4 YEARS AGO (2016): The 100 Mile House Girl Guides Program was revived after an eight-year hiatus. Thanks to the efforts of unit leader Tracey Lervik, 31 girls had signed up, although she said they had hoped to have 50 girls for this new iteration of guides. Lervik said that people don’t usually realize that guides take girls aged five to 17 and that scholarships are available to their older Ranger members. Girls and young women were invited to join at any time throughout the year.
8 YEARS AGO (2012): Machete Lake’s Becky Citra, an award-winning children’s author, added another accolade to her wall with her book After the Fire. First published in 2010 the book received the readers’ choice Red Cedar award after being one of 10 novels selected by B.C. librarians for children in Grade 4 to 7 to read and vote on. Citra had other books nominated in the past was excited about her win. It’s the kids who are voting and that’s who you are writing for, so it’s really nice to see. It gives you a real boost,” Citra said.
16 YEARS AGO (2004): As the provincial and federal government focused on saving the beef industry following an outbreak of mad cow disease, local sheep breeders said they felt forgotten. In May 2003, the US border was shut to Canadian livestock of all kinds after a cow in Alberta was discovered to have Bovine Spongiform Encephalopathy or mad cow disease. As the federal and provincial government worked to help things afloat with Canadian Agriculture Income Stabilization payments, Ron Hennecker, the Cariboo Sheep Breeders Association president, said the producers of other livestock were being largely ignored.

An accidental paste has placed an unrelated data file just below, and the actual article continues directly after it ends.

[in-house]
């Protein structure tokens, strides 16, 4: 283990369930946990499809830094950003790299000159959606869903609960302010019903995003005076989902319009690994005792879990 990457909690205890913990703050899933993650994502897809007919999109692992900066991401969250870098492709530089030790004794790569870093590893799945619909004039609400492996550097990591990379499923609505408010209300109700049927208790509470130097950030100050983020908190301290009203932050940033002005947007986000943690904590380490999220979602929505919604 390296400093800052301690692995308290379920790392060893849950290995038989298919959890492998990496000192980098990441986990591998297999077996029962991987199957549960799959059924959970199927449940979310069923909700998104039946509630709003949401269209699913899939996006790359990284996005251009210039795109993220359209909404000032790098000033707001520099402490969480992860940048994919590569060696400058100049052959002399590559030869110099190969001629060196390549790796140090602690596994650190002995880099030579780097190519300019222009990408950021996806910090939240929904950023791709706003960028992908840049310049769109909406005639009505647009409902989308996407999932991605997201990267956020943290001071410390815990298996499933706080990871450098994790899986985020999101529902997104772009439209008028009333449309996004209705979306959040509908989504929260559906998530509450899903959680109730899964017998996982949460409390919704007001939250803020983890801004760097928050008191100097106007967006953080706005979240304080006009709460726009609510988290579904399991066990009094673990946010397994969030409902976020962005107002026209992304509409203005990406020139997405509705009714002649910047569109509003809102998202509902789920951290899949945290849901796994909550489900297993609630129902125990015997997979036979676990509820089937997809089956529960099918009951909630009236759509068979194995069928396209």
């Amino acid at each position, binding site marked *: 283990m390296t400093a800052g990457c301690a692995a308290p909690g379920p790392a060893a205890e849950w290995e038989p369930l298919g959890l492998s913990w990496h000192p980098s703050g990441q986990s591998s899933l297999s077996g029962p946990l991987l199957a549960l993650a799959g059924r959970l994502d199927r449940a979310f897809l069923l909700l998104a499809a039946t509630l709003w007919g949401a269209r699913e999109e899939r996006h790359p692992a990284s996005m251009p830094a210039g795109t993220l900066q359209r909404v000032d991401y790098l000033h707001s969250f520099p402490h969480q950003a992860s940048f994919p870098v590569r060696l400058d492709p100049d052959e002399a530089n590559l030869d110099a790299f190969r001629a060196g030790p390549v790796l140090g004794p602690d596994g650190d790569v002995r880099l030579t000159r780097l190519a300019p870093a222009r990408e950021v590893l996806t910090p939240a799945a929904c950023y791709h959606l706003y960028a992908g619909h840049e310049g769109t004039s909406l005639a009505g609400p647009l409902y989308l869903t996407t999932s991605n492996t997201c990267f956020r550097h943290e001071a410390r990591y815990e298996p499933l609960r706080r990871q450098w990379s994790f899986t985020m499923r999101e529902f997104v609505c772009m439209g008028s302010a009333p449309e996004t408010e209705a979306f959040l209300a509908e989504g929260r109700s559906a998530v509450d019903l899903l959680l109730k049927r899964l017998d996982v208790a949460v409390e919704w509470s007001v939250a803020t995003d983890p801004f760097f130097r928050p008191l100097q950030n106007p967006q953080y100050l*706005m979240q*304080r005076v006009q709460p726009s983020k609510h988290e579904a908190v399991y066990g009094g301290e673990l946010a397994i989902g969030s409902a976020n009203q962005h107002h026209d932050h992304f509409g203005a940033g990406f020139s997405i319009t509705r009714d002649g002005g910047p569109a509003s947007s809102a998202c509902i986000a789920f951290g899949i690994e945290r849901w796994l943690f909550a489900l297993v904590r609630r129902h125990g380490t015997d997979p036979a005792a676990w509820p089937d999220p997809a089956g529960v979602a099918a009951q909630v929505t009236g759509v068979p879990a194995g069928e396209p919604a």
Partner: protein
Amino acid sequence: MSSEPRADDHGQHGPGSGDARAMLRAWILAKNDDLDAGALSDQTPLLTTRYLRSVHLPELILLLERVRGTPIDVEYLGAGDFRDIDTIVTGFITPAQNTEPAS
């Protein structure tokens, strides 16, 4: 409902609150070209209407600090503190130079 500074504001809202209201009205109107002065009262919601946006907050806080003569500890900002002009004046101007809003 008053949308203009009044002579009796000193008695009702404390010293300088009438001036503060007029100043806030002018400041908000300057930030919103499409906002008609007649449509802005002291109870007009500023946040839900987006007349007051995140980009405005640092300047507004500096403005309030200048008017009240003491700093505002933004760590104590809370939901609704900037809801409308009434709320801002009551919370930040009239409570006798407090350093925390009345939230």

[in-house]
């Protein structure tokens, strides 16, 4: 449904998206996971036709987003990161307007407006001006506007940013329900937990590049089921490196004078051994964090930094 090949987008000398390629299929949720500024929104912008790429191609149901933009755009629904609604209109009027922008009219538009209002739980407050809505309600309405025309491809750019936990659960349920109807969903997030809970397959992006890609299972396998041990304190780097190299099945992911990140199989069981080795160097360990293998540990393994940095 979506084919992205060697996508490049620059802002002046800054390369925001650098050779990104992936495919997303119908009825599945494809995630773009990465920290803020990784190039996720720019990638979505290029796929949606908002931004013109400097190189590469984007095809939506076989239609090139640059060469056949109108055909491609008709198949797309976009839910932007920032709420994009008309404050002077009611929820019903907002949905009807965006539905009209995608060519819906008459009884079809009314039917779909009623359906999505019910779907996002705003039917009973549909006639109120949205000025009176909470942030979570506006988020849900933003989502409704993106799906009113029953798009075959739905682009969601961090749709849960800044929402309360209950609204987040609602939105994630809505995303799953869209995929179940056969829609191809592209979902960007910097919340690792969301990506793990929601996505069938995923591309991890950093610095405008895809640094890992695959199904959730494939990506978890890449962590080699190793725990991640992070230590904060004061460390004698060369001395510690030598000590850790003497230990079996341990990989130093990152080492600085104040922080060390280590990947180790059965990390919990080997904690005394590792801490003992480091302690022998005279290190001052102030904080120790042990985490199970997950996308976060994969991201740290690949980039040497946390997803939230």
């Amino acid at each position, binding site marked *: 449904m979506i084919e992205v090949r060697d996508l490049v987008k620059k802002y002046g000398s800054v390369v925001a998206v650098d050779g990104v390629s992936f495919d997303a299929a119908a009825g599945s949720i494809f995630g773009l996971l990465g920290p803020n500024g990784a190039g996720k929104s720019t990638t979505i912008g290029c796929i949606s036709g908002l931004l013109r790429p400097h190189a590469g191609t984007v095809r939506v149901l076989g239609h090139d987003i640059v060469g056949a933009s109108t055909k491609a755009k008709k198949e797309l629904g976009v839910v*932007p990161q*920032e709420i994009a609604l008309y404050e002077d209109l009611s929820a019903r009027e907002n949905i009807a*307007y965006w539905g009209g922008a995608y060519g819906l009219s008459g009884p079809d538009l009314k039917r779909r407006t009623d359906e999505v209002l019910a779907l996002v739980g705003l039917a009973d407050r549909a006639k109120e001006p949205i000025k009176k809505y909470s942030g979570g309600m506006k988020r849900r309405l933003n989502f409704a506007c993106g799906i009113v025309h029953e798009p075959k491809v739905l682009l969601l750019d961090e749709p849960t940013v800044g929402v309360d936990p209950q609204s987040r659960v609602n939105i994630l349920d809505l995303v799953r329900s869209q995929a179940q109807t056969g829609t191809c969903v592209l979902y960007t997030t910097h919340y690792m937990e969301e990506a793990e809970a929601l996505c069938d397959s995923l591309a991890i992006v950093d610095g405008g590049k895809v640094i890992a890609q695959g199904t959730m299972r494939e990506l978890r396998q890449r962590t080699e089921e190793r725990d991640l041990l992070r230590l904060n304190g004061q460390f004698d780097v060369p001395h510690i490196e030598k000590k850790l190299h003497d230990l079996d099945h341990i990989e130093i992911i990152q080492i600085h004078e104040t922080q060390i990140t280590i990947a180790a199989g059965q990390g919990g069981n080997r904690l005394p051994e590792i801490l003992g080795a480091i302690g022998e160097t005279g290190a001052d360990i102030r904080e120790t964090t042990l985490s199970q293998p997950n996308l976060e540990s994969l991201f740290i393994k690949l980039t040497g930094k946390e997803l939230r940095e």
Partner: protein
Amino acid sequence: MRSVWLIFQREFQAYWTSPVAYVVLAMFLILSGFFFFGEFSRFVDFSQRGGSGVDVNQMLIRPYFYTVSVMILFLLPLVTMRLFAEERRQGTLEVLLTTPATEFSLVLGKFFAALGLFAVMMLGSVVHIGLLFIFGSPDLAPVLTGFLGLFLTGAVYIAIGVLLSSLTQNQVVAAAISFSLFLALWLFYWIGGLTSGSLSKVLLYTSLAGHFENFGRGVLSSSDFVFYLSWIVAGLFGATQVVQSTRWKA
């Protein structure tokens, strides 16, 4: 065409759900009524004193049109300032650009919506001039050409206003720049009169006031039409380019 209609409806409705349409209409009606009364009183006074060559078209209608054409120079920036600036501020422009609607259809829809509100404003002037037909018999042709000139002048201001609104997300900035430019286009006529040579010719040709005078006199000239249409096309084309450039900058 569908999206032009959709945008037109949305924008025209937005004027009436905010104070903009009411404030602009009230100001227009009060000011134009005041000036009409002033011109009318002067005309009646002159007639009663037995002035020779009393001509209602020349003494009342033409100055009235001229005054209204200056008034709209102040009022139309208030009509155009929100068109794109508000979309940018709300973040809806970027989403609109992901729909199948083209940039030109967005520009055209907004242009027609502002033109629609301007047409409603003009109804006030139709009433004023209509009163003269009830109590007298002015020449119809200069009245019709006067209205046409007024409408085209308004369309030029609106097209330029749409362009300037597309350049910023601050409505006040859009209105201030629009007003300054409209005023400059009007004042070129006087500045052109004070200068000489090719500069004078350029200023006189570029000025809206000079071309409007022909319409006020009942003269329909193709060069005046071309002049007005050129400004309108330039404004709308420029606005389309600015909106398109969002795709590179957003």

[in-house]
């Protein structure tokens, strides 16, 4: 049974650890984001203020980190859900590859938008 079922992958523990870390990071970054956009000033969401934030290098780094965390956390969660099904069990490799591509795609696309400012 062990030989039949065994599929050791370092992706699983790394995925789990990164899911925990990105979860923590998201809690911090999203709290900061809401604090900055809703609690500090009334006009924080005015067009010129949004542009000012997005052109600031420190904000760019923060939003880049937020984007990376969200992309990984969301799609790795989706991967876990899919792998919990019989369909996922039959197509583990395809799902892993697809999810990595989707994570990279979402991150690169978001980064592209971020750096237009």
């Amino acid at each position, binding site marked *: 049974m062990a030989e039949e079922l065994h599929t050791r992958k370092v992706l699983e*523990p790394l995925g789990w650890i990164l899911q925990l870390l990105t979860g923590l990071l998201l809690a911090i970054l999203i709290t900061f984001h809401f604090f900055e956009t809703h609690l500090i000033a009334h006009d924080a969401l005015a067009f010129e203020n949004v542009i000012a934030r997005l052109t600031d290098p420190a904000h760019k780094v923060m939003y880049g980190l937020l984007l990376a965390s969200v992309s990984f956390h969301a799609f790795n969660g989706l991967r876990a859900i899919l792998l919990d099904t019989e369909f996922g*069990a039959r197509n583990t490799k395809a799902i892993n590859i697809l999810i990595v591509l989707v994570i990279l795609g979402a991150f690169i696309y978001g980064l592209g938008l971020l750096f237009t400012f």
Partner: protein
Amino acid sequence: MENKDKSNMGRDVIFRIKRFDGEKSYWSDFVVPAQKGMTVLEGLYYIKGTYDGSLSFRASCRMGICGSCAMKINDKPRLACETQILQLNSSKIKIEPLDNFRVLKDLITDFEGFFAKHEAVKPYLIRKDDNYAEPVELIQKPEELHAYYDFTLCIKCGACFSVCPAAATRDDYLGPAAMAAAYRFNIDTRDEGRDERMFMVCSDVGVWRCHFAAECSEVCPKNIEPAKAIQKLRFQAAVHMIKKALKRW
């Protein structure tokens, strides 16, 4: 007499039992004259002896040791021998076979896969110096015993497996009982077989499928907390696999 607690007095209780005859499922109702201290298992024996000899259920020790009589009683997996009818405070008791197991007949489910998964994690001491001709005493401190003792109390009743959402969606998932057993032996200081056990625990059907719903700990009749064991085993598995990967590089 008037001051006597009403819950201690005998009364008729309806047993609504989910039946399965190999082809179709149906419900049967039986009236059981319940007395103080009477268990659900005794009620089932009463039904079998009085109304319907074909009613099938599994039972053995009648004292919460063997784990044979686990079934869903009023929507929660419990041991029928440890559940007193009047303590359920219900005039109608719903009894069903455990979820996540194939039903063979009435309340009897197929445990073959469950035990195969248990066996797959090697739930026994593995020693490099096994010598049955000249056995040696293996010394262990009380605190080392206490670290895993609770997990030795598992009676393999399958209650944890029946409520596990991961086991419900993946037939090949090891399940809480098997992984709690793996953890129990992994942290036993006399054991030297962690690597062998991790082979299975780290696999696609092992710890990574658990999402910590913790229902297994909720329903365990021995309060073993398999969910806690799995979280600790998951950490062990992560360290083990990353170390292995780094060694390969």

32 YEARS AGO (1988): Child neglect is one of the most damaging parts of alcoholism, Alkali Lake Band member Ivy Chelsey said while talking to the students of 100 Mile Junior Secondary School. Chelsey gave a 45-minute presentation to students explaining how her community went from having a 100 percent alcoholism rate to virtually no abuse. Chelsey, 24, inadvertently inspired the reserve going dry when, at seven years old, she told her mother she wouldn’t come home as long as she was drinking. Her mom got sober and encouraged Chelsey’s father to do the same. He was elected chief and set about promoting this message throughout their community.